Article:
Hōkūleʻa Update | Return to Taputapuatea

Traditional Polynesian voyaging canoes Hōkūleʻa and Hikianalia were welcomed by local dignitaries, spiritual elders and community members at Taputapuatea. The marae, or the focal meeting ground, is located on the southeastern coast of Raiatea in French Polynesia. The purpose of the stop was to honor the ancient tradition of Hawaii’s Polynesian ancestors who would go to Taputapuatea, the spiritual center for voyagers of the Pacific, to ceremonially launch and close their voyages of discovery. After sailing about 100 miles from Papeete, Tahiti, the canoes arrived at Taputapuatea on the morning of April 25, 2017 following the historic protocol of entering via the sacred pass of Teava Moa.

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The ceremony began with pwo navigator Nainoa Thompson and captain Billy Richards returning two sacred stones to the marae that were given to the crew when the canoes last visited Taputapuatea in 2014 to launch the Mālama Honua Worldwide Voyage. The return of the two stones signified that the Hōkūleʻa and Hikianalia crews fulfilled their responsibility to sail around the world and deepened the connection between Hawaii and its navigational roots in Taputapuatea.

“These stones carried the spirits of all of our ancestors and the direct descendants of all of our families as we sailed around the world,” said Thompson. “Today we brought the stones home to Taputapuatea and were granted permission from by our ancestral family to return home. It’s the last permission based on the fulfillment of many promises we made,” he added.

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In addition to the spiritual elders of Taputapuatea, the crew was greeted by French Polynesia president Edouard Fritch, the Taputapuatea mayor Thomas Moutame, and the country’s minister of culture Heremoana Maamaatuaiahutapu. The day-long ceremony featured the ancient rituals conducted to ceremonially complete a voyage, traditional chants and dance by the Taputapuatea community and students from Kamehameha Schools and Kua O Ka Lā PCS.

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In honor of this ceremonial milestone, crewmembers from Hōkūleʻa’s first voyage to French Polynesia in 1976 joined this leg from Tahiti to Raiatea, including Gordon Piianaia, Billy Richards, Snake Ah Hee, Kainoa Lee and John Kruse. Zane Aikau, nephew of 1978 crewmember Eddie Aikau, also participated on the leg on behalf of the Aikau family and 1976 crewmember Buffalo Keaulana who was unable to join the sail.  Special guests who also participated on the overnight sail included Hawaiian Airlines CEO Mark Dunkerley and University of Hawaii president David Lassner.

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Once considered the religious and cultural center of Polynesia, Taputapuatea is the location of an ancient marae that was once considered the central temple and religious center of Eastern Polynesia. Established around 1000 AD, the marae was a place of learning where priests and navigators from all over the Pacific would gather to offer sacrifices to the gods and share their knowledge of the genealogical origins of the universe, and of deep ocean navigation.

Most significantly, a truce known as the Faatau Aroha was established with the surrounding islands to form an alliance that lasted for many years and perpetuated the growth of voyaging and exploration leading to the discovery and colonization of all the islands of Eastern Polynesia, including Hawaii, Rapa Nui and Aotearoa (New Zealand).  New marae were established on each of these islands with a rock being taken from Taputapuatea so that Raiatea served as a spiritual link. However, the Faatau Aroha was broken due to a conflict between two leaders of the alliance that resulted to open warfare and an end to large-scale interisland voyaging.

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The archaeological remains of Marae Taputapuatea were restored in 1994 and efforts to preserve the site continues. Association Na Papa E Vau Raiatea is working towards having Marae Taputapuatea designated as a UNESCO World Heritage site and continuing work to revive connections between communities of the Polynesian triangle and throughout the Pacific region.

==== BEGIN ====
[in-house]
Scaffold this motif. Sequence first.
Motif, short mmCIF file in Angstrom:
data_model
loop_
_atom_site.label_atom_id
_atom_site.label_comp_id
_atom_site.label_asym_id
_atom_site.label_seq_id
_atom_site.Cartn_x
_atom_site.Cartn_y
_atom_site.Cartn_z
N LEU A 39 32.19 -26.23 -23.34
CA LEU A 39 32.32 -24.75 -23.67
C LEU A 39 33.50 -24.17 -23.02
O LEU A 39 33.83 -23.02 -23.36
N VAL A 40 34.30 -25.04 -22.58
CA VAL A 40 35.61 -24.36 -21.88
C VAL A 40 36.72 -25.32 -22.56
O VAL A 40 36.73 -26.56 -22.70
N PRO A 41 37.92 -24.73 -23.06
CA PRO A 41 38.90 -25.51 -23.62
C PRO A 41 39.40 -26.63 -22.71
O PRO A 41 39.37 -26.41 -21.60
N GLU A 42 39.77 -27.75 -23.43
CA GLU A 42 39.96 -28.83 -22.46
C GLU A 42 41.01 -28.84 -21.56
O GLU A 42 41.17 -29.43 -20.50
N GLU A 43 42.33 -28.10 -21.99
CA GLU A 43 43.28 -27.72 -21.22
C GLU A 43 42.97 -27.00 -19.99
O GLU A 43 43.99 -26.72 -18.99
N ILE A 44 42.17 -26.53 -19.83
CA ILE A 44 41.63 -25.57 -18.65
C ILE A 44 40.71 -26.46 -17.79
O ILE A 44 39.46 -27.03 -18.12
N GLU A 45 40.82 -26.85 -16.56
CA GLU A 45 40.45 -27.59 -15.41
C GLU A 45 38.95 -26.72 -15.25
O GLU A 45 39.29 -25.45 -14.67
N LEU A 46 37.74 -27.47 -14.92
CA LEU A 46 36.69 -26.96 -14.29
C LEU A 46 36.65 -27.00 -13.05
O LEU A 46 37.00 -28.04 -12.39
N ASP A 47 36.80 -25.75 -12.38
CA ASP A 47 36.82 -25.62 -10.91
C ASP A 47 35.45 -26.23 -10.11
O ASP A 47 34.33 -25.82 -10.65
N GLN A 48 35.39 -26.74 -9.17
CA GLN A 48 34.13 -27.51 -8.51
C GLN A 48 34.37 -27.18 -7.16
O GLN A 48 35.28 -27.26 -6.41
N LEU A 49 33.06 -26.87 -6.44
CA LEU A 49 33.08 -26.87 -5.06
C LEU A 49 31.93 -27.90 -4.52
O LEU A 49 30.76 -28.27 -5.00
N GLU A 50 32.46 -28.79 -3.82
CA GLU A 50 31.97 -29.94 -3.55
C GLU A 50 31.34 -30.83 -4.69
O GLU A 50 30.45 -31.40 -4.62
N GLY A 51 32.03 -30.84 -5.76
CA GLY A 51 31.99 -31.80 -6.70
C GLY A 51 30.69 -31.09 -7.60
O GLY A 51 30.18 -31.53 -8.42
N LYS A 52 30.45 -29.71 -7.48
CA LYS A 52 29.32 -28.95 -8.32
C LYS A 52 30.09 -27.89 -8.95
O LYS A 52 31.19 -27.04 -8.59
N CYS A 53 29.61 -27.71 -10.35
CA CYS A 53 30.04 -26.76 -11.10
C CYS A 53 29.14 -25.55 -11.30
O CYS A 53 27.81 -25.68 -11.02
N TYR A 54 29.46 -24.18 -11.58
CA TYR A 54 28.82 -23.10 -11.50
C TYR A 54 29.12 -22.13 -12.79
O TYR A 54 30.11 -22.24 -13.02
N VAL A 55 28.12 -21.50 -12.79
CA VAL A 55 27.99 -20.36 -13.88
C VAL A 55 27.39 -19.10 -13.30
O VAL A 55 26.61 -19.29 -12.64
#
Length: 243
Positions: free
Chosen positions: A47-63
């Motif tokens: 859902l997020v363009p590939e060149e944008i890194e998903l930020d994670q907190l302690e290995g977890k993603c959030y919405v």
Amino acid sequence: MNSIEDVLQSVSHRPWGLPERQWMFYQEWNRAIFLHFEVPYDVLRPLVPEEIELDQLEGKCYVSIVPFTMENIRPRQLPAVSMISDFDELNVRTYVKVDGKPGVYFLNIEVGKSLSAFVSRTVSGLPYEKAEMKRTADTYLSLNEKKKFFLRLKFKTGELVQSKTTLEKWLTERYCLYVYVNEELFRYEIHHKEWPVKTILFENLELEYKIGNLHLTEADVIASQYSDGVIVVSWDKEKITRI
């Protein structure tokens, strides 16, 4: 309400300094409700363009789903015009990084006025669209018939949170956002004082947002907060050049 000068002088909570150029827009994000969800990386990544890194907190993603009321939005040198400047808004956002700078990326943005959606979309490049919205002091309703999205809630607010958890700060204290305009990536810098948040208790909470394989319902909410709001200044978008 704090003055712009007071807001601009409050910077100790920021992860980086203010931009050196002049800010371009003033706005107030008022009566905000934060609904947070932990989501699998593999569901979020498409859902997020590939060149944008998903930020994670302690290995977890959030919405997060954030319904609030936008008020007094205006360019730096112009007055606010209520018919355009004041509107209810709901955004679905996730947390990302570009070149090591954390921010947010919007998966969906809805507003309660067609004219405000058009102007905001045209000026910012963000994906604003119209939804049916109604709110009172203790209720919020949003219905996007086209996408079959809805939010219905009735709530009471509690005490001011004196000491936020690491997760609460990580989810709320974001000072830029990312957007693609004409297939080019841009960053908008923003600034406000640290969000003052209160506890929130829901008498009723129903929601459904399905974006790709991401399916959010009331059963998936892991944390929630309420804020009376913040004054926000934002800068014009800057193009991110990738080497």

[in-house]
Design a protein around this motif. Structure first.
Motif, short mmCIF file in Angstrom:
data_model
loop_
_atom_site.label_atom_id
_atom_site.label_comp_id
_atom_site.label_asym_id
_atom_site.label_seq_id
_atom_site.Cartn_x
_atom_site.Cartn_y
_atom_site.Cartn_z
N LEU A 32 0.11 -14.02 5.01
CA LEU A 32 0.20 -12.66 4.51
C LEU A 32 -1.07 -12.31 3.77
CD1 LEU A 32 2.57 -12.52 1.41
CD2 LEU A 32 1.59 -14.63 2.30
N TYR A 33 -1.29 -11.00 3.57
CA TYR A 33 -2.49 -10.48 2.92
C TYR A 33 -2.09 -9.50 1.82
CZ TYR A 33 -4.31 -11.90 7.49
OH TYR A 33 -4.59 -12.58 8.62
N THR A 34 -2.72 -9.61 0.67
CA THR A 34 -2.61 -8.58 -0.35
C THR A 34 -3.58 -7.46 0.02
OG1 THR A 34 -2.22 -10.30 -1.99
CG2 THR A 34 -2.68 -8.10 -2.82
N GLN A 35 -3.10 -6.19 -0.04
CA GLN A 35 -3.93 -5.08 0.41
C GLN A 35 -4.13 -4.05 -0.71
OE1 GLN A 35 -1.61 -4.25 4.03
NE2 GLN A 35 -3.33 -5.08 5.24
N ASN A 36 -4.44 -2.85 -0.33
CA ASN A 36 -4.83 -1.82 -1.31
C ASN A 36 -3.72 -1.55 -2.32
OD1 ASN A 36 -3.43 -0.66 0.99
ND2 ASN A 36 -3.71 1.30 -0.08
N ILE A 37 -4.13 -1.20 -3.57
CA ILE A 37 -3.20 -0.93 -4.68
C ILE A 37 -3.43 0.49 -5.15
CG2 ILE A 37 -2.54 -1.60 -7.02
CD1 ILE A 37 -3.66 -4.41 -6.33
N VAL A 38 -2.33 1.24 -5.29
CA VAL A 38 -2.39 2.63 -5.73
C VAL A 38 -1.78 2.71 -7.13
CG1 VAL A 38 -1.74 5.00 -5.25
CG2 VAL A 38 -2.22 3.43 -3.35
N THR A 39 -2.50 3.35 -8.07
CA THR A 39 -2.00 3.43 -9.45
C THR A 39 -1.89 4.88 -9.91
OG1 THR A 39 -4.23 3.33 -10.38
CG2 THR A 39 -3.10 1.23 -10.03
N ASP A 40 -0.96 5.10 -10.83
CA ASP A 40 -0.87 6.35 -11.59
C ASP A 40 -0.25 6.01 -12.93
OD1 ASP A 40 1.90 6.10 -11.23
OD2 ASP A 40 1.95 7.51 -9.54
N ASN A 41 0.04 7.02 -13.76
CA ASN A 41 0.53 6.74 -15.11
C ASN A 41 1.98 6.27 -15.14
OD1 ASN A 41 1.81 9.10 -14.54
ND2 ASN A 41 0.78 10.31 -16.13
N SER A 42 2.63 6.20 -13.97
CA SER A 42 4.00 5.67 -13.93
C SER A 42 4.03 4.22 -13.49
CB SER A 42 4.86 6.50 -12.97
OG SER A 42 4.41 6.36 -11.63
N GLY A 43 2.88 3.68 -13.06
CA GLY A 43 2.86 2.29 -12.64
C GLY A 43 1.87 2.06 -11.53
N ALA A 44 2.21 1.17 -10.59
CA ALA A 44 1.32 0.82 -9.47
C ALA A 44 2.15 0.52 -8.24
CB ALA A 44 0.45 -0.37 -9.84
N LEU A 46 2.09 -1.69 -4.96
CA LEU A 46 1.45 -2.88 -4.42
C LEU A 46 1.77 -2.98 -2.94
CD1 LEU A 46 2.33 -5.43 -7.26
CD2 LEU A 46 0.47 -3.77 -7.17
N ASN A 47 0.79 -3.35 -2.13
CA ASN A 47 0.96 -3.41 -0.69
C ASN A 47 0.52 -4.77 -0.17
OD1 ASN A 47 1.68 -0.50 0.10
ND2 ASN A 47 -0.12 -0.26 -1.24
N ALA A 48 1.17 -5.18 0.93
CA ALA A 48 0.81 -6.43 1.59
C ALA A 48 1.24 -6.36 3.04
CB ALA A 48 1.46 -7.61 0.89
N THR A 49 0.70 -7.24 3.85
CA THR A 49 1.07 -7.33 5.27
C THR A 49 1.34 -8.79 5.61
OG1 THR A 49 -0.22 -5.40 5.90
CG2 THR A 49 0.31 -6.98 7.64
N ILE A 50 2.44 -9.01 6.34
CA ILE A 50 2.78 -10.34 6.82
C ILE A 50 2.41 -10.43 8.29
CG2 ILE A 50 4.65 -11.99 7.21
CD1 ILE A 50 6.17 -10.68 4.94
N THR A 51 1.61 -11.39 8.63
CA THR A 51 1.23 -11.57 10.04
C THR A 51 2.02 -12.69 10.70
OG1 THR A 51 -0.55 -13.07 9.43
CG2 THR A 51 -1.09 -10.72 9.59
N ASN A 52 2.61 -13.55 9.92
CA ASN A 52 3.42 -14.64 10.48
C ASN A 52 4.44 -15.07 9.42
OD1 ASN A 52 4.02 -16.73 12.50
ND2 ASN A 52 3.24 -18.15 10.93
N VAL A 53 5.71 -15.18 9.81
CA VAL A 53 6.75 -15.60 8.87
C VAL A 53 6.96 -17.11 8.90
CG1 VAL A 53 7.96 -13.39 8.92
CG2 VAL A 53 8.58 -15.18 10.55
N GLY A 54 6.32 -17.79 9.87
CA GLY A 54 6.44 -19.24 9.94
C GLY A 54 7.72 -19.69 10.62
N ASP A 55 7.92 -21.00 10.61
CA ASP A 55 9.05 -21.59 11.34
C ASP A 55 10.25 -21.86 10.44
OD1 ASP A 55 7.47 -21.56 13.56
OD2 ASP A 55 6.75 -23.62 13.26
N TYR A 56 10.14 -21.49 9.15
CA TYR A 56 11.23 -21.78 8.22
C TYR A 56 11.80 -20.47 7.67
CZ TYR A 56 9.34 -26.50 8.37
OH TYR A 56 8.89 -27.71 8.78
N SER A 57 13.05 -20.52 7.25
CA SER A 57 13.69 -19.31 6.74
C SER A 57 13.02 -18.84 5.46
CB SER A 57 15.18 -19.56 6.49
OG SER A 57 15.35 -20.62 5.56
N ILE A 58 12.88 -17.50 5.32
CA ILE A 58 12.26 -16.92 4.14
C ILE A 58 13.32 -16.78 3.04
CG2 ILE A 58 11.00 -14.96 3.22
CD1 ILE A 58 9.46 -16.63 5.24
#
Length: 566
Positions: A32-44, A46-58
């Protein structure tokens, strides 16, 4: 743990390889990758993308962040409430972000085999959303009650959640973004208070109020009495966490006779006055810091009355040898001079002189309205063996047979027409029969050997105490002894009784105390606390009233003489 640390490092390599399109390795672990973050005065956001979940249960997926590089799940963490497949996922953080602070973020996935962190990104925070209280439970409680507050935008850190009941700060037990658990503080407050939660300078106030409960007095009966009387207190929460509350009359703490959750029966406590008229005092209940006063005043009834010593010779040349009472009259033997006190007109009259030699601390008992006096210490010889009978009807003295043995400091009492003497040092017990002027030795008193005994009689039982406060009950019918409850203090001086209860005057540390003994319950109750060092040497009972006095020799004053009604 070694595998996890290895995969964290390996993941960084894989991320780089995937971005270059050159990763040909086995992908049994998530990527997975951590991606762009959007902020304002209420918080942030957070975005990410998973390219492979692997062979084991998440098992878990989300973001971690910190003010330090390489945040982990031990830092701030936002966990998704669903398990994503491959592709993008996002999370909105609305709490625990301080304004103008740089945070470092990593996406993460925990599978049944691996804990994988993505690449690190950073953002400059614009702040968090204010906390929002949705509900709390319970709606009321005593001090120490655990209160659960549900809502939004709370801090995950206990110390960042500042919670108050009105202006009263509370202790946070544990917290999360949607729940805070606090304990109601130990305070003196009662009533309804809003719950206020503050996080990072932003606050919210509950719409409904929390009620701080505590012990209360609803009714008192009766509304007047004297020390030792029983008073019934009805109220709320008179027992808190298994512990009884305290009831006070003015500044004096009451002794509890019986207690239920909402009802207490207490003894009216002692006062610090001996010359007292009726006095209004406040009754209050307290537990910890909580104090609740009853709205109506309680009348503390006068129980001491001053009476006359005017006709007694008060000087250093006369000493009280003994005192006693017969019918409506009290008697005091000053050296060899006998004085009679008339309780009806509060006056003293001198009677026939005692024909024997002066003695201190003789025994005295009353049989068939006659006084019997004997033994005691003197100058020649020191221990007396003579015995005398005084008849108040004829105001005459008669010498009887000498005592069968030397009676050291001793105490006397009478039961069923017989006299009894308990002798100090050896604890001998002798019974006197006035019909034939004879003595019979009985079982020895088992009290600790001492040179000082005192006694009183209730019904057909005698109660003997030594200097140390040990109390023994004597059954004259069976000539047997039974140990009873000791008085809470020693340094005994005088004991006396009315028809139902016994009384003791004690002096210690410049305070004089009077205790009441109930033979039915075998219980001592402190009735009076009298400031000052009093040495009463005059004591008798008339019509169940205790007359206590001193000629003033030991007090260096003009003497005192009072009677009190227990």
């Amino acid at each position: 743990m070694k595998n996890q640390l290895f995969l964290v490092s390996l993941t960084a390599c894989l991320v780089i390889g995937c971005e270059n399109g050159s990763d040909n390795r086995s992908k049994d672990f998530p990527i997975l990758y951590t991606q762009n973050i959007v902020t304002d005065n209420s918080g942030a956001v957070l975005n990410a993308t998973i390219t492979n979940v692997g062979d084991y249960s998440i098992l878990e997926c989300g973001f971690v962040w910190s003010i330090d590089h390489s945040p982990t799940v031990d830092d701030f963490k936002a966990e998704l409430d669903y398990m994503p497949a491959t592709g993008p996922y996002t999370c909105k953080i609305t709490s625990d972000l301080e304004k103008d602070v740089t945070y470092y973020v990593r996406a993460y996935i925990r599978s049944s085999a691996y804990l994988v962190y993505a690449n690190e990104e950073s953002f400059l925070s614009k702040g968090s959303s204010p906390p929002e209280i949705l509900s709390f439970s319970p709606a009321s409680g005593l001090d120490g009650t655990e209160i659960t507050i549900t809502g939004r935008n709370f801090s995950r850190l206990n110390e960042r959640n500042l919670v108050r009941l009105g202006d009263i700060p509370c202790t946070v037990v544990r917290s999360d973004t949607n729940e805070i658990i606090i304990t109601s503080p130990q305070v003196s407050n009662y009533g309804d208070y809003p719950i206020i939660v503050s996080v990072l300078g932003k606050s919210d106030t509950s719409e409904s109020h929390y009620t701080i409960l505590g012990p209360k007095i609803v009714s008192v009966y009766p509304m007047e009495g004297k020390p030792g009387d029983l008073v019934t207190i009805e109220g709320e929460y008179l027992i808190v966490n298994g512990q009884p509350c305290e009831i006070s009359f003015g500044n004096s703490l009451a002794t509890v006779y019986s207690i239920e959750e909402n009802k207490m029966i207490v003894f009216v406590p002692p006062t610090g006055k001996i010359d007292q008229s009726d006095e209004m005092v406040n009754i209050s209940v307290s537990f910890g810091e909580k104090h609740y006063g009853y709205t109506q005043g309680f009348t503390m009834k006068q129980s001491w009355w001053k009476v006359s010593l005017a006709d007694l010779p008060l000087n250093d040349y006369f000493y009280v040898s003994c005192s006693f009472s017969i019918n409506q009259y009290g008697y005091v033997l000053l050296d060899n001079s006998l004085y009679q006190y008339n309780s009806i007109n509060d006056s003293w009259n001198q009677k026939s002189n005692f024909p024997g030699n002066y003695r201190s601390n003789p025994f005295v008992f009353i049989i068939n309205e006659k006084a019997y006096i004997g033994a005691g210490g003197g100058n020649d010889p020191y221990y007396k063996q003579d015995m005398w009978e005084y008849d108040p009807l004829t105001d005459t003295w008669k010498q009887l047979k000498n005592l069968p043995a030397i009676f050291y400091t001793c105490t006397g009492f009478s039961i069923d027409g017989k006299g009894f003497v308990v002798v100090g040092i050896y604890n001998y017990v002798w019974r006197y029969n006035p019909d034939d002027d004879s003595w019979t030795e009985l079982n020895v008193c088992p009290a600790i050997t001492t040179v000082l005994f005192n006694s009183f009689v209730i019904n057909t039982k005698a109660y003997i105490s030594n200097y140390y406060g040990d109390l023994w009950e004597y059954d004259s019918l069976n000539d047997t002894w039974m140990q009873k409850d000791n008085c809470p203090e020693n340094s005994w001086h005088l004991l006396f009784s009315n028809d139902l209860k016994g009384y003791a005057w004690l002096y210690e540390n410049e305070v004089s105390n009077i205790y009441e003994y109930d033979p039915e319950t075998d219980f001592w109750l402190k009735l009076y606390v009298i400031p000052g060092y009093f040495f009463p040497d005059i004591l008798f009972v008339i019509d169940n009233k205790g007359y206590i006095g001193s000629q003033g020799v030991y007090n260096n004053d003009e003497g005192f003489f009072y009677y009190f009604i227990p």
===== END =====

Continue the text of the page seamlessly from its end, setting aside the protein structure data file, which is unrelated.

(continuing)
Help fund the Voyage as we sail the East Coast

Hōkūle‘a’s visit to the eastern United States is a historic milestone in her 40 years of voyaging.

Celebrate with us by pledging your support to the Mālama Honua Worldwide Voyage.

Worldwide Voyage | Finding Rapa Nui

Reflecting on the months leading up to her first voyage to Rapa Nui, Navigator Haunani Kane said, “So we all found out that we were going to Rapa Nui maybe two months beforehand and Nainoa, even at those initial meetings, he continuously told us that in order to prepare for his Rapa Nui trip he spent years studying. And then on top of that he told us how difficult it was for them to find the island on that first trip to Rapa Nui.”

As the most isolated landmass in the world, finding Rapa Nui is a true test of one’s navigation abilities. This feat which Nainoa Thompson accomplished in 1999 was a challenge he would place upon four of his young students. For these apprentice navigators, however, the first of many obstacles would occur before Hōkūleʻa set sail.

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“Well we started off as apprentice navigators because it was under the assumption that Nainoa was going to come with us. Unfortunately he had some family stuff that he had to take care of. He decided to go home, and he left us with great leadership, but yea we would be the ones navigating Hōkūleʻa to Rapa Nui,” said Kane.

Lehua Kamalu, a member of the Rapa Nui navigation team said, “Nainoa always says we’re not training to know everything that we’re going to need to know while we’re out there. We are just training ourselves to learn what we need to see and be observant and aware of the signs that are going to give us our direction to actually complete the navigation successfully. I think the dynamic on this particular leg with 4 training navigators was learning how to learn from other people as well as hopefully taking on a bit more responsibility in sharing what you know and helping teach others whether it was other crewmembers or sharing other bits of information with the rest of your team.”

Veteran crewmember Billy Richards said about the navigation team, “They all have their own experiences and I think we all tried, everyone tried, to kōkua the four when they think they needed it. In many ways, though, the four didn’t really need much, they had each other and what I am really glad of is they worked as a team, a really good team.”